Editorial: Ryan's ideas could help the poor

House Speaker Paul Ryan of Wis. speaks with reporters on Capitol Hill in Washington, Thursday, May 12, 2016. (AP Photo/Cliff Owen)

The most tragic thing about President Trump’s war on his own party’s leaders - House Speaker Paul Ryan, in particular - is that Ryan continues to be one of this country’s best thinkers and spokesperson for the nation’s poor.

Ryan is losing support among Republicans not because he’s too liberal - in the Trumpian universe, the words conservative and liberal have little meaning left. He’s losing support because he’s being scapegoated for Trump’s own ineptitude.

That’s a shame, because Ryan has much to say about poverty and ways to address it.

National Review reports on an exchange that Ryan had recently with a Dominican nun, Sister Erica Jordan.

“I know that you’re Catholic, as am I, and it seems to me that most of the Republicans in the Congress are not willing to stand with the poor and working class as evidenced in the recent debates about health care and the anticipated tax reform,” she said to Ryan. “So, I’d like to ask you how you see yourself upholding the Church’s social teaching, that has the idea that God is always on the side of the poor and dispossessed, as should we be.”

His response was surprising - and enlightening.

“Sister, this may come as a surprise to you, but I completely agree with you,” Ryan said. “Where we may disagree is on how to achieve that goal.”

He then went on to explain that ends, not means, should be the goal.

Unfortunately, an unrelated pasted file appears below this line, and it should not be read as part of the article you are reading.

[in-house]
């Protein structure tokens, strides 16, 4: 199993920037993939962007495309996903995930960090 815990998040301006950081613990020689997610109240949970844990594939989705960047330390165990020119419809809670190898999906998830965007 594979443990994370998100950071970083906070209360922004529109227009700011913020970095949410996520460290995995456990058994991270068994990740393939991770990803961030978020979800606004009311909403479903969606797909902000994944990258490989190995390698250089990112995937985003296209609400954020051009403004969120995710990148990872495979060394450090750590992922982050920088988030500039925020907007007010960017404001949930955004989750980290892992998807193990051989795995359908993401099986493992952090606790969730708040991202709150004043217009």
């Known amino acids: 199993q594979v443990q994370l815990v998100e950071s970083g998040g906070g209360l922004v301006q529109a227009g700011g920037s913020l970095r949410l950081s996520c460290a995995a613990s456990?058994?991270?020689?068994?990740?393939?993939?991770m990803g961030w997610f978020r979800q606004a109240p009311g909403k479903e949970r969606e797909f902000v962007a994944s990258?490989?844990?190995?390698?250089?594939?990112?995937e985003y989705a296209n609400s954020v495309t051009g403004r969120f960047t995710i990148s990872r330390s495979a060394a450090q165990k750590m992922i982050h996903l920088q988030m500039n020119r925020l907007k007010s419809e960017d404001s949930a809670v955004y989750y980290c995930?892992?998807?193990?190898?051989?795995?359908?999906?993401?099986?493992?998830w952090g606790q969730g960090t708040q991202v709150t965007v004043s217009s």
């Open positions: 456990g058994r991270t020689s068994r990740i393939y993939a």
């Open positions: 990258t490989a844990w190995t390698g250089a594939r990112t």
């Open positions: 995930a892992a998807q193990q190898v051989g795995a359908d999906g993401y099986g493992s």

“We need to change our approach on fighting poverty,” he said. “Instead of measuring success based on how much money we spend or how many programs we create or how many people are on those programs, let’s measure success in poverty on outcomes.”

National Review writer Alexis Desanctis notes that many Catholics weren’t happy with Ryan’s answer, but it’s consistent with Ryan’s Catholic faith.

“The Catholic Church has always been a strong voice in support of the poor, but that does not mean that all Catholics must rally around any one particular solution to poverty; there is no one solution,” Desanctis writes. “Faithful Catholics can make prudential judgments and support a variety of policies that seek to help the poor. Ryan argues - along with prominent Catholic public intellectuals such as the late theologian and philosopher Michael Novak or Arthur Brooks, the president of the American Enterprise Institute - that free enterprise and economic growth have shown more potential for actually lifting the poor out of poverty than have decades of federal programs and trillions of dollars in government spending.”

In fact, Ryan has put together a strategy - largely ignored by the Trump White House - he calls the Better Way agenda.

“Comprising six different areas of focus - poverty, national security, the economy, the Constitution, health care, and tax reform - the agenda aims to articulate not what Republicans stand against, but what they stand for,” wrote Ian Tuttle in National Review. “In Ryan’s preferred terms, it aims to turn the GOP from an ‘opposition’ party into a ‘proposition’ party.”

These ideas are what the Trump administration should pursue, rather than wars against its own party.


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